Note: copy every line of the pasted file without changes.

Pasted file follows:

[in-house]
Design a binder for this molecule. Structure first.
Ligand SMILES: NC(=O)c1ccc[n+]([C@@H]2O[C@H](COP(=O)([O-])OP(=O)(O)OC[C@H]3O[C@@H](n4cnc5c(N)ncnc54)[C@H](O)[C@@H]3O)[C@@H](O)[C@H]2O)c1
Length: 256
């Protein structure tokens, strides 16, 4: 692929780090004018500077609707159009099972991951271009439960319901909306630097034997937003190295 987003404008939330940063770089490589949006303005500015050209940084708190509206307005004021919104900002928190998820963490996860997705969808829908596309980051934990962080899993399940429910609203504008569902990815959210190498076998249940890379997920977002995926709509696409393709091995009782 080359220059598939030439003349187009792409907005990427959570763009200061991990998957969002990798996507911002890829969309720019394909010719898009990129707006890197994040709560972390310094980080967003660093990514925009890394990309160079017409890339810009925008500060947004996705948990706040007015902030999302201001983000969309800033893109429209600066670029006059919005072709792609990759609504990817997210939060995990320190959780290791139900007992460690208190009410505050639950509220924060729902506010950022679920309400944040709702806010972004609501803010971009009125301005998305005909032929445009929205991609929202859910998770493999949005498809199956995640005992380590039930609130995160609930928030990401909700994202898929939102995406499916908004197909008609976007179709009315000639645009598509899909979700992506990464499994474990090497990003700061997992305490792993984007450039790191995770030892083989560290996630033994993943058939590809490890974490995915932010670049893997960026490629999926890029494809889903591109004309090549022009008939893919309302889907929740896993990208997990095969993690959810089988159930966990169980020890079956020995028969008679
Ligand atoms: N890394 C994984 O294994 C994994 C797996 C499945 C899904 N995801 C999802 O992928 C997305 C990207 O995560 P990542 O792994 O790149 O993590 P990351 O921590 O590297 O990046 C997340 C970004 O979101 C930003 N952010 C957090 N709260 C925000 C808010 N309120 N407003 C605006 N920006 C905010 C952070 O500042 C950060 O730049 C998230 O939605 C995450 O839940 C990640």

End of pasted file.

[in-house]
Design a binder for this molecule. Structure first.
Ligand SMILES: NC(=O)c1ccc[n+]([C@@H]2O[C@H](COP(=O)([O-])OP(=O)(O)OC[C@H]3O[C@@H](n4cnc5c(N)ncnc54)[C@H](O)[C@@H]3O)[C@@H](O)[C@H]2O)c1
Length: 256
């Protein structure tokens, strides 16, 4: 692929780090004018500077609707159009099972991951271009439960319901909306630097034997937003190295 987003404008939330940063770089490589949006303005500015050209940084708190509206307005004021919104900002928190998820963490996860997705969808829908596309980051934990962080899993399940429910609203504008569902990815959210190498076998249940890379997920977002995926709509696409393709091995009782 080359220059598939030439003349187009792409907005990427959570763009200061991990998957969002990798996507911002890829969309720019394909010719898009990129707006890197994040709560972390310094980080967003660093990514925009890394990309160079017409890339810009925008500060947004996705948990706040007015902030999302201001983000969309800033893109429209600066670029006059919005072709792609990759609504990817997210939060995990320190959780290791139900007992460690208190009410505050639950509220924060729902506010950022679920309400944040709702806010972004609501803010971009009125301005998305005909032929445009929205991609929202859910998770493999949005498809199956995640005992380590039930609130995160609930928030990401909700994202898929939102995406499916908004197909008609976007179709009315000639645009598509899909979700992506990464499994474990090497990003700061997992305490792993984007450039790191995770030892083989560290996630033994993943058939590809490890974490995915932010670049893997960026490629999926890029494809889903591109004309090549022009008939893919309302889907929740896993990208997990095969993690959810089988159930966990169980020890079956020995028969008679
Ligand atoms: N890394 C994984 O294994 C994994 C797996 C499945 C899904 N995801 C999802 O992928 C997305 C990207 O995560 P990542 O792994 O790149 O993590 P990351 O921590 O590297 O990046 C997340 C970004 O979101 C930003 N952010 C957090 N709260 C925000 C808010 N309120 N407003 C605006 N920006 C905010 C952070 O500042 C950060 O730049 C998230 O939605 C995450 O839940 C990640």